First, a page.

5 Poems from Sergej Timofejev

By and | 1 August 2014

He had a face that was in love,
it was already time to admit that he
was in love. In his hands was
a long umbrella and from the windows
the priests were observing him. The little girl
was thinking about her doll, and when
mama took her by the hand, she paid him
no attention. Mama said:
“Should we buy some ham,” and
headed for the shop. He was running,
bouncing and spinning on his axis;
for this reason he kept losing his way.
He was in love, although not one
girl he knew came
to mind; he laughed. He knew
that the weather would be splendid, as long as
this was what he wanted. And even if
he didn’t care, for some time
it would still be the same. The long umbrella
he waved overhead and put
in the vestibule. The night was deep blue, the day was
green, but the lips of his beloved were red,
like a strawberry; he whistled and walked,
congratulating himself. Yes, his beloved
must be splendid; he wrote his friend
an entire letter about this and inserted it into a magnificent
envelope. His friend would be delighted and send
greetings: a postcard with a little violinist
on a lamp-lit street. 

Of lead.
Their smooth slide to the south.
Where there’s an oasis, a library,
A building with cool darkened rooms,
A person speaking an incomprehensible guttural language,
A woman whose face is formed of twenty overlapping photographs.
With a hollow knock
The globes
Roll across the horizon line,
But that one is rotating
Like a glass door
That’s inscribed:
“Keep moving”.
Most frightening of all
Is the pointlessness
Of everything that’s happening.

What I know of Paris is this
photograph of the insides
of a coffee cup.
We see here several Argentinians.
They are amiably conversing, paying no
attention to the owner of the establishment
dead for the last fifteen minutes.
Eventually there appears
a long-haired woman with a bag
over her shoulder. She takes from it
the proofs of an article on theatre and magic.
I go up and lead her away
through the emergency exit.
On the square are several pigeons
and policemen. I know
this won’t take long.
I strangle her in one of the cluttered corridors.
Her body falls. Her wondrous hair
covers her face.
All historians in previous lives
had dealings with psychiatry.

The bicyclist is riding a bicycle.
With a patter, the plaster is crumbling.
Wild grapes coil round the balconies.
Old Giuseppe is wheeling a barrow full of tomatoes.
Several paupers suddenly have a cigar apiece.
They light up; dark blue smoke envelops their wrinkled stubble.
The policeman asks: What’s the time?
Anna, bronzed as ever, flirtatiously greets Giuseppe.
Paolo drives up in an automobile, gets out with a bundle of newspapers
in hand, slams the door, blows a kiss to Anna,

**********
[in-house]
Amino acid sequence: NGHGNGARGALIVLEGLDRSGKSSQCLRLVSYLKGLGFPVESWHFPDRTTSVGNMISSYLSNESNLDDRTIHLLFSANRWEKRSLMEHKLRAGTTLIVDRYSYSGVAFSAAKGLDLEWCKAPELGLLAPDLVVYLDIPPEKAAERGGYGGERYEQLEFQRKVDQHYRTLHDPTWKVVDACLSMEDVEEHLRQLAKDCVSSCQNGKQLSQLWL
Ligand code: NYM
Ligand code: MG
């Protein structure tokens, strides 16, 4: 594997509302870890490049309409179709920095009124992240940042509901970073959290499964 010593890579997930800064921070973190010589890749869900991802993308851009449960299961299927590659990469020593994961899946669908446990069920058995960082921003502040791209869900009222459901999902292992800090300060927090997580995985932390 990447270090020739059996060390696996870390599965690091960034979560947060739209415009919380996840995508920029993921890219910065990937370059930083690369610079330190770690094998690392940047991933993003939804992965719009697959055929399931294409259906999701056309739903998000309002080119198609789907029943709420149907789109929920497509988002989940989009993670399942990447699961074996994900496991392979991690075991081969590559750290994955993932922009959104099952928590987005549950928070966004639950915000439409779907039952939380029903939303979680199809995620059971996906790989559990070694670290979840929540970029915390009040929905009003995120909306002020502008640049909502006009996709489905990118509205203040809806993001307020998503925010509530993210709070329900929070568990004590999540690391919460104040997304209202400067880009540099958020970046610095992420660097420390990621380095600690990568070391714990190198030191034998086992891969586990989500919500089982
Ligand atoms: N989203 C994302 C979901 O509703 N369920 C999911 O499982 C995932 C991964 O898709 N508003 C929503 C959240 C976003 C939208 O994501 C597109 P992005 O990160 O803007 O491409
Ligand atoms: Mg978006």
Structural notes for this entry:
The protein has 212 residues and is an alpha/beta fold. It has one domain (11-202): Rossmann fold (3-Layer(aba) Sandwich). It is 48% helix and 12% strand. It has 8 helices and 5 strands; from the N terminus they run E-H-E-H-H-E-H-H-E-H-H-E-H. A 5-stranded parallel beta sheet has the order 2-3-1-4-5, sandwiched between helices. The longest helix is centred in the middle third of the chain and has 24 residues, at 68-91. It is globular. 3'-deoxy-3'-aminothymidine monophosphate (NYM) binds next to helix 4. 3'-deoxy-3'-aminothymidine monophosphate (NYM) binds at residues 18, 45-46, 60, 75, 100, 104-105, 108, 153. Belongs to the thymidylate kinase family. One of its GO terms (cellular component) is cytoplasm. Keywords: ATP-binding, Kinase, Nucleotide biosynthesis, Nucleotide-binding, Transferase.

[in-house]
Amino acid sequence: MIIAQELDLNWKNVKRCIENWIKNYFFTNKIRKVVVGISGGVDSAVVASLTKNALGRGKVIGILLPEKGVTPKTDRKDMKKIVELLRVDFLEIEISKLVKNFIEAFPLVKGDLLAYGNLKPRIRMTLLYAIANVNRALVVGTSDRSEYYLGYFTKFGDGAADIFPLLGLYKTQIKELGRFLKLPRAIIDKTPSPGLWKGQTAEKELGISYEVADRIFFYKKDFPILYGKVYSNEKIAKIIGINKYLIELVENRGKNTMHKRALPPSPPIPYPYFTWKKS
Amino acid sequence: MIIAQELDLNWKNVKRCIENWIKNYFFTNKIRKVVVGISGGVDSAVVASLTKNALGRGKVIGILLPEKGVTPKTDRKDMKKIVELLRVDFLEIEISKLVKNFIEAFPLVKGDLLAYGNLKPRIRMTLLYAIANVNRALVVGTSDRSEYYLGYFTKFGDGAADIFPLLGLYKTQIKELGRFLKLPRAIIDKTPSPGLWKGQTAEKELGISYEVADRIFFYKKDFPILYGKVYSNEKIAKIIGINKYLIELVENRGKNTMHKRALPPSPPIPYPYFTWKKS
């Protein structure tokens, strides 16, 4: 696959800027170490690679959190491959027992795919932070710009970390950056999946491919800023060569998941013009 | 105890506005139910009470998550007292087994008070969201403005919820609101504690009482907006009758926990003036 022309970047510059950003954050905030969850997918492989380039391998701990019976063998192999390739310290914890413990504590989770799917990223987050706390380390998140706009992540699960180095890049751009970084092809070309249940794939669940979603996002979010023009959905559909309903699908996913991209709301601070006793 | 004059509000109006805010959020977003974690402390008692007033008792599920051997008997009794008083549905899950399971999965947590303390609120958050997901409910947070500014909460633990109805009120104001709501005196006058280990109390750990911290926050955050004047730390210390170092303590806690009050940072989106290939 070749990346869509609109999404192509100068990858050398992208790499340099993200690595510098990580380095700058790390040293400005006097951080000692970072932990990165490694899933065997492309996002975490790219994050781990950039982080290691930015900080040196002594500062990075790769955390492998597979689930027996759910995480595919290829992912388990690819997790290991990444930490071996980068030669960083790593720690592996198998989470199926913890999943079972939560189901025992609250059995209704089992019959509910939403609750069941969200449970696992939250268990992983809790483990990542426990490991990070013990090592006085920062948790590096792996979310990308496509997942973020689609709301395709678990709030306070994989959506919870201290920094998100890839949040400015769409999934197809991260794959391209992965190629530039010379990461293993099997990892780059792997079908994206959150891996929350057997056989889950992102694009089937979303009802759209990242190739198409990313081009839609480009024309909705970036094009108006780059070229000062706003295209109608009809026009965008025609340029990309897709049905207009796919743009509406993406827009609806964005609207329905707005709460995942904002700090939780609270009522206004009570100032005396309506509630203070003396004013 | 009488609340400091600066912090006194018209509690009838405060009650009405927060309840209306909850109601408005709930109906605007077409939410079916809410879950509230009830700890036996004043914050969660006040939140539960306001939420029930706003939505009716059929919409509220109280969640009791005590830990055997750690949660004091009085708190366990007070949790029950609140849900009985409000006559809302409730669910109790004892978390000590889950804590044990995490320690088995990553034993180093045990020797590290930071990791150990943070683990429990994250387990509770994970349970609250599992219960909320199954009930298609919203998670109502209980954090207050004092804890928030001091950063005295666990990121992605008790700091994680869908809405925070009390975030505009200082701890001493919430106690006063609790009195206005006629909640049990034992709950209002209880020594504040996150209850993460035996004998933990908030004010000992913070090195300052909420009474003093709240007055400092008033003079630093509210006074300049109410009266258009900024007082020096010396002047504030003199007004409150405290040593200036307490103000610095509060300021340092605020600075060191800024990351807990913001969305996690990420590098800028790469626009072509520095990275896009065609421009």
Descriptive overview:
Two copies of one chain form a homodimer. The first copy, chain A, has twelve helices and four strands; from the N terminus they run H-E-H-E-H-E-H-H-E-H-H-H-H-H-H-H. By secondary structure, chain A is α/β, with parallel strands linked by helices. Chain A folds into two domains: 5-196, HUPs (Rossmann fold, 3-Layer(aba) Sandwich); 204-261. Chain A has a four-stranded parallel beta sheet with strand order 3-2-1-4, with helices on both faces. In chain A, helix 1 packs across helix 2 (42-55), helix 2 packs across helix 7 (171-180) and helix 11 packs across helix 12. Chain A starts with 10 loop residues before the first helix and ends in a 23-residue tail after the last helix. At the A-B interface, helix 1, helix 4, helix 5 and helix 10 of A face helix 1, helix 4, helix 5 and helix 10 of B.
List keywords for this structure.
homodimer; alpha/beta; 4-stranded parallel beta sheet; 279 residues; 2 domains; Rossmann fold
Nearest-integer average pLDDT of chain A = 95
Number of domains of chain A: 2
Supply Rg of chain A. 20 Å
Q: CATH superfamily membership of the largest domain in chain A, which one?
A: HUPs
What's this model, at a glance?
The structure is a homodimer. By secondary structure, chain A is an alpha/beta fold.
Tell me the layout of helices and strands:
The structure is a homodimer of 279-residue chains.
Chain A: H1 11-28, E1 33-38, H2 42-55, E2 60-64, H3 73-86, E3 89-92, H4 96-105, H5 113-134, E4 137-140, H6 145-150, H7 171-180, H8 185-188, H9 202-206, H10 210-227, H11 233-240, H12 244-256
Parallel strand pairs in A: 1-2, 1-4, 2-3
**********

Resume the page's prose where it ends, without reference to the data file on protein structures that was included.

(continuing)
greets Giuseppe with a wave of the hand, goes up the stairs
to the house, slams the door.
The paupers again have a cigar apiece.
The policeman is studying his reflection in the greengrocer’s window.
Pushing a cart and praising his wares the ice cream man passes by.
The paupers have formed a circle; on the sly they curse and pull faces.
Giovanni is leading a little girl by the hand, ginger-curled Tina in a straw hat trimmed with bright ribbon.
They have just bought the hat in the little shop round the corner.
The sun is shining, the birds chirping, flying from rooftop to rooftop.
A light breeze ruffles the hem of Anna’s cotton dress.
The policeman asks once again: What time is it?
Anna and the paupers laugh, Tina takes a mirror and begins
To make sun bunnies.
Once again the plaster crumbles.

Joe Dassin

Joe Dassin entered every home,
Danced with every housewife,
Revealed to every tired man
That golden times were still to come,
There, on Elysian Fields.
He’d put on white slacks and white shoes,
A white shirt open at the chest,
Leave the house early in the morning and not return
Until deepest night, and sometimes
Disappear for days on end.
He would sing, and sing, and sing, slowly letting
Everything slide back into place, everything that was ready to collapse
And already beginning to totter. He wrapped beating
Things such as women’s hearts in soft scarves
And kerchiefs. And constantly wiped the dust from
All the gramophones on the planet. In intervals
That were short, too short, he would fly to the Côte
d’Azur and run into the sea, in a leopard-print swimsuit.
And then hastily rub himself dry, finish a cigarette
And with a quick step make for his private jet,
Already repeating, lips kneading the first lines
Which would turn into the flesh of all forgiveness.
And people would turn on their gramophones, televisions,
Radio receivers, and everywhere he was needed.
And even his death no one took for real.
“Sing!” they told him, “Sing!” And he – slow,
curly haired, with sideburns – he drew close
even in non-existence, and implored, implored:
“Put your heart back into place.
Don’t break it.”

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